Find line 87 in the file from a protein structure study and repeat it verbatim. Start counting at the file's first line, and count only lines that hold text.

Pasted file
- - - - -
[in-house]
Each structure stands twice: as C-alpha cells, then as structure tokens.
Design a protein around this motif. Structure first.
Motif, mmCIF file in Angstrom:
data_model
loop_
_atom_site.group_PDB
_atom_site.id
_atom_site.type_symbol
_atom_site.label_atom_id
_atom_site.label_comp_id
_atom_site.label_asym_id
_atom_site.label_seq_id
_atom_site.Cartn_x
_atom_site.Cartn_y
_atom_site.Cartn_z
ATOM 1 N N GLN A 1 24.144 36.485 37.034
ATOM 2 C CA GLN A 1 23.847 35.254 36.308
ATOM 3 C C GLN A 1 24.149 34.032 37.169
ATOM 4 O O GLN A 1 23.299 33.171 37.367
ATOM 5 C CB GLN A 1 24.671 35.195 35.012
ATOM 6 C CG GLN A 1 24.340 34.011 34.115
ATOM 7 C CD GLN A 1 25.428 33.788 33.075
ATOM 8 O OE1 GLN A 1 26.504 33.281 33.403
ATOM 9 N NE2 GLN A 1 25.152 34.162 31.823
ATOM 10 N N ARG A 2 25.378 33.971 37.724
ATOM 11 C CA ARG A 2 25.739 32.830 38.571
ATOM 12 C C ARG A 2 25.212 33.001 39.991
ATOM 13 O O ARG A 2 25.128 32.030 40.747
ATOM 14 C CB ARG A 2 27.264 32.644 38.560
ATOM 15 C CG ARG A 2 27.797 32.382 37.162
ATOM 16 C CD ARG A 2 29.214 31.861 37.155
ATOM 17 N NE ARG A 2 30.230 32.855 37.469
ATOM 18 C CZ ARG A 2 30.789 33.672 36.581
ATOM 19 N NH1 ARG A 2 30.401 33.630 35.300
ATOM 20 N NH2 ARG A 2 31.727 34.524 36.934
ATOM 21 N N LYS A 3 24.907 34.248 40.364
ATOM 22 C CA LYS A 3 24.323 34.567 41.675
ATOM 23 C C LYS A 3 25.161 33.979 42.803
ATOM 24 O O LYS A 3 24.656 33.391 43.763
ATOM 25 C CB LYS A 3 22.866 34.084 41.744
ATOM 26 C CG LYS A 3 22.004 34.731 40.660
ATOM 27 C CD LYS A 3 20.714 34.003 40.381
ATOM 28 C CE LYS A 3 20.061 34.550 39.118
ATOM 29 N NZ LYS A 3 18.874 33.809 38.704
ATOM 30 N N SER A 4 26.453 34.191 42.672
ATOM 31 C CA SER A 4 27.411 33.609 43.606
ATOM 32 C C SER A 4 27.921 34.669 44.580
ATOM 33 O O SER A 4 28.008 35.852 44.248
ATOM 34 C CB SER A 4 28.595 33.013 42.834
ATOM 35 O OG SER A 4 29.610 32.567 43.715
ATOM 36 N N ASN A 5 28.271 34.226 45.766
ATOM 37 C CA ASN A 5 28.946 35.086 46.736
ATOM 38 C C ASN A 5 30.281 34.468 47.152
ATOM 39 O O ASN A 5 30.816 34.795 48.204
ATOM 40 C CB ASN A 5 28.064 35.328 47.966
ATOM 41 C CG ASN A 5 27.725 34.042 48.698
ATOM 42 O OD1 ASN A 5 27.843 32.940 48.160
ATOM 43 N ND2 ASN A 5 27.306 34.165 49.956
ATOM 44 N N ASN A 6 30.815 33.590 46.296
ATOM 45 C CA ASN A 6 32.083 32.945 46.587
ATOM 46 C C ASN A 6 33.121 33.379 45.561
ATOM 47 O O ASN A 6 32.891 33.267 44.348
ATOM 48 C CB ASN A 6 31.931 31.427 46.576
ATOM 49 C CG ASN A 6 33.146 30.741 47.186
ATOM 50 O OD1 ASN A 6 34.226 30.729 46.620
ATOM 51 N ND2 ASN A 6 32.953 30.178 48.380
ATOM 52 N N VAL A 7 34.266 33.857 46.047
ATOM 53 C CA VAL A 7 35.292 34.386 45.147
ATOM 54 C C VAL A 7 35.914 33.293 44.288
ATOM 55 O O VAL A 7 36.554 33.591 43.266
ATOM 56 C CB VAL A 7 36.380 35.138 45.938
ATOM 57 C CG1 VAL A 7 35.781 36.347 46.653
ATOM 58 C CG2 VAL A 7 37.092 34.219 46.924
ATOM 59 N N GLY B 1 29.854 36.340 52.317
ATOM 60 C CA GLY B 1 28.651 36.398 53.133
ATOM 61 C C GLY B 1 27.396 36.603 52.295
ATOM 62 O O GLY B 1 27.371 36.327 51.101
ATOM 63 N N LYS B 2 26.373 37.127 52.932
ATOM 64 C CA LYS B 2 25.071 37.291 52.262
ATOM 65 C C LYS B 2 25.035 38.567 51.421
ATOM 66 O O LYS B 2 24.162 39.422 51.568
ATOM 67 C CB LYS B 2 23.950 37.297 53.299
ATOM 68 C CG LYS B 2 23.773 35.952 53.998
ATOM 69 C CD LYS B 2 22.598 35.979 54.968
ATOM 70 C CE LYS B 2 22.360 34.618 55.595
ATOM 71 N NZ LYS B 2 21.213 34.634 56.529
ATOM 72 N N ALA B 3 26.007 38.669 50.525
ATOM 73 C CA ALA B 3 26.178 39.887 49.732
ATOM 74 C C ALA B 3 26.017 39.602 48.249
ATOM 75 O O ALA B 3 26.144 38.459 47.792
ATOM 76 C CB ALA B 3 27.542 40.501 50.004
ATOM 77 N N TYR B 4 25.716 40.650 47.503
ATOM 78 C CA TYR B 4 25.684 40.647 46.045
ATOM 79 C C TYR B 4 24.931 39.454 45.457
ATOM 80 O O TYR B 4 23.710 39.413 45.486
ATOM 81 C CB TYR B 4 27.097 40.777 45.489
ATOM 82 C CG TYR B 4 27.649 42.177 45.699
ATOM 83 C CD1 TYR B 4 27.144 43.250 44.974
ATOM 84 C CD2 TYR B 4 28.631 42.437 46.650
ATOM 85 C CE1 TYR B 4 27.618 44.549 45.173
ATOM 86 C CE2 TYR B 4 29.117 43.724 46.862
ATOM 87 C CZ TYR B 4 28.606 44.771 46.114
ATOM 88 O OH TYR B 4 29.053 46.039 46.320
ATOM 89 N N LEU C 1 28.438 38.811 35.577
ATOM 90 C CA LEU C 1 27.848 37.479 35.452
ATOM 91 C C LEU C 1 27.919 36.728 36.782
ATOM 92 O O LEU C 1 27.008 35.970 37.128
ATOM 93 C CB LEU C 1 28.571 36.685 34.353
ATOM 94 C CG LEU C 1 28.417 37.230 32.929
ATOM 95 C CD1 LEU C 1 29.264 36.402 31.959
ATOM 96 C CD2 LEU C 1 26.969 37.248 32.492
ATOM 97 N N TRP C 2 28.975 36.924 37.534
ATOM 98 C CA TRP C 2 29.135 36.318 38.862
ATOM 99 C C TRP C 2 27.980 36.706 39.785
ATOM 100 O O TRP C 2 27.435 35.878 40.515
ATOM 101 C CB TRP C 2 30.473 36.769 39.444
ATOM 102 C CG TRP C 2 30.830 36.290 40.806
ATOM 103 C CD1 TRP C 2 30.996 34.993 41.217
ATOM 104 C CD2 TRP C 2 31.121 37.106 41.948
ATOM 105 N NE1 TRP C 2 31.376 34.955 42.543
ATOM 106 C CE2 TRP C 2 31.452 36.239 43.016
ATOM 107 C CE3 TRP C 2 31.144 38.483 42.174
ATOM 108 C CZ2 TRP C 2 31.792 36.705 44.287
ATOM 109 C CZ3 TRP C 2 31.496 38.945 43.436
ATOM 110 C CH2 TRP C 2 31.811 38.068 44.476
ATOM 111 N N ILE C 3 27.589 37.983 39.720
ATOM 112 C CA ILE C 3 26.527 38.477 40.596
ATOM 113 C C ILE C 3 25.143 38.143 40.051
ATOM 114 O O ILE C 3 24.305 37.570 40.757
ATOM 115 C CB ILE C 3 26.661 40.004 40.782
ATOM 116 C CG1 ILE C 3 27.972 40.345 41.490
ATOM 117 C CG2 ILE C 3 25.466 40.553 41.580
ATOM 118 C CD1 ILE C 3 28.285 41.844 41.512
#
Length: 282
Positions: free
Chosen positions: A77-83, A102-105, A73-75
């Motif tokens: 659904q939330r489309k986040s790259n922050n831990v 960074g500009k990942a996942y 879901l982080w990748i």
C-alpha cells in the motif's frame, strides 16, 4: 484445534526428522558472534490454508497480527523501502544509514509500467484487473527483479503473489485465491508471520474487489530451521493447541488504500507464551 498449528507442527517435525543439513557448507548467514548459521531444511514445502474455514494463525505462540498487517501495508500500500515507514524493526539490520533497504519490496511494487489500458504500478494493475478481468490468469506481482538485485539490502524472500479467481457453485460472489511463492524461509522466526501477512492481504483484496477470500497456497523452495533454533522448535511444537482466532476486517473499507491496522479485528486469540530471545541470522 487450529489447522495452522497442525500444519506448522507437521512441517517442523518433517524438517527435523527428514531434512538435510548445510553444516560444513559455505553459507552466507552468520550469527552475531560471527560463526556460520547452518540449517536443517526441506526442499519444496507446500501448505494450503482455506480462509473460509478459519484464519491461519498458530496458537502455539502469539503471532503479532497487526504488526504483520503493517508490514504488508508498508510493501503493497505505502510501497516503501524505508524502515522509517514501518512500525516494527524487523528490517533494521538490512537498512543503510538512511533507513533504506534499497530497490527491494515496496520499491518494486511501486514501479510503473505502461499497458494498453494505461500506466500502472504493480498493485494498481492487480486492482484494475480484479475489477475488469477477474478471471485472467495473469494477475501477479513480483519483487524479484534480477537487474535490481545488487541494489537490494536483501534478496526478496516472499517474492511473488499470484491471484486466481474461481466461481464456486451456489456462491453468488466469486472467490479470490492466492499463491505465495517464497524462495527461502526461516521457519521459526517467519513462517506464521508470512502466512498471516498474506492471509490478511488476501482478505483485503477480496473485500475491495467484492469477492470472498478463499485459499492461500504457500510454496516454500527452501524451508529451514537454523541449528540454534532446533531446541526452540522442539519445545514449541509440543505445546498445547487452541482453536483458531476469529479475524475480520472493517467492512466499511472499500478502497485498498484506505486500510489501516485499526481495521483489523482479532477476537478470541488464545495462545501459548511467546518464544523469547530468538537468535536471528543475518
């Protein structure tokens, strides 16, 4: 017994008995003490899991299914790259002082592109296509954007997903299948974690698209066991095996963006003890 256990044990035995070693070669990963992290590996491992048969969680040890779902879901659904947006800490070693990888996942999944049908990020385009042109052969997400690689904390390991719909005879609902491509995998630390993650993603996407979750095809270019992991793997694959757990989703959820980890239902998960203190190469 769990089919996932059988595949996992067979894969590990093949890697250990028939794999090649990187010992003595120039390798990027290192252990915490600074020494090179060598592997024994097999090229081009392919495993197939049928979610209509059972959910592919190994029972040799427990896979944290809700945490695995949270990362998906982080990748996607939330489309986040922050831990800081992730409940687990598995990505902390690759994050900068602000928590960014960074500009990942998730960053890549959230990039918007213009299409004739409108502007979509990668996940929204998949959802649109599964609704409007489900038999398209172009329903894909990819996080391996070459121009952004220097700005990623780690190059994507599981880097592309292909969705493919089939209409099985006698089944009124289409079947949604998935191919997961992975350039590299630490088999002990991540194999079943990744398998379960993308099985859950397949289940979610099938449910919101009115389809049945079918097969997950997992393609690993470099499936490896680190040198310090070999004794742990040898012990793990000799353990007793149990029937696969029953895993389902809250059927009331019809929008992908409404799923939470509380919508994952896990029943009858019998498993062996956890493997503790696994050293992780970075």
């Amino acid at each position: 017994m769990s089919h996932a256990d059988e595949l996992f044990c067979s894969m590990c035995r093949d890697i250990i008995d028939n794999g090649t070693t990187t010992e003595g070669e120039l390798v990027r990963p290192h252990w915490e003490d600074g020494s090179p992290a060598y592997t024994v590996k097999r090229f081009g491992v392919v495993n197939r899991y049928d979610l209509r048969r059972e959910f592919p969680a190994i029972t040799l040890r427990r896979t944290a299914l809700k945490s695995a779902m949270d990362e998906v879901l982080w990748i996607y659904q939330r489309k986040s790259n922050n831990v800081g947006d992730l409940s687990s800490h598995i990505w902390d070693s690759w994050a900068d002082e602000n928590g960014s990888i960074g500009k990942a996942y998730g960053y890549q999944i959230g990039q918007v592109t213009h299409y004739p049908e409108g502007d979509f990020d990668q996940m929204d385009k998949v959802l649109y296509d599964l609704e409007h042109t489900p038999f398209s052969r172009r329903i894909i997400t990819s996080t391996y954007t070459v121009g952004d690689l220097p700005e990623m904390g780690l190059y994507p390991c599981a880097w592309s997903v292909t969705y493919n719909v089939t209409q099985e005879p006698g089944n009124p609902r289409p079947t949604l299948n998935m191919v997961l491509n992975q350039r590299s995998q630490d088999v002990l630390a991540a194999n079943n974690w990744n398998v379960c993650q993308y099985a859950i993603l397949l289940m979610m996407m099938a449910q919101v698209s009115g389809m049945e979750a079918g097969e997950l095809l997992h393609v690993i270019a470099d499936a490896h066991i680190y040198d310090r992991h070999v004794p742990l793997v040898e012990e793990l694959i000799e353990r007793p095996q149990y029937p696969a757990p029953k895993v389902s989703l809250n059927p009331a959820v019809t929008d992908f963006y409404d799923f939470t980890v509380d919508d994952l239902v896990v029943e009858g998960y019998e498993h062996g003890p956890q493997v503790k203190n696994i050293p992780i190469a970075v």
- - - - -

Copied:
ATOM 71 N NZ LYS B 2 21.213 34.634 56.529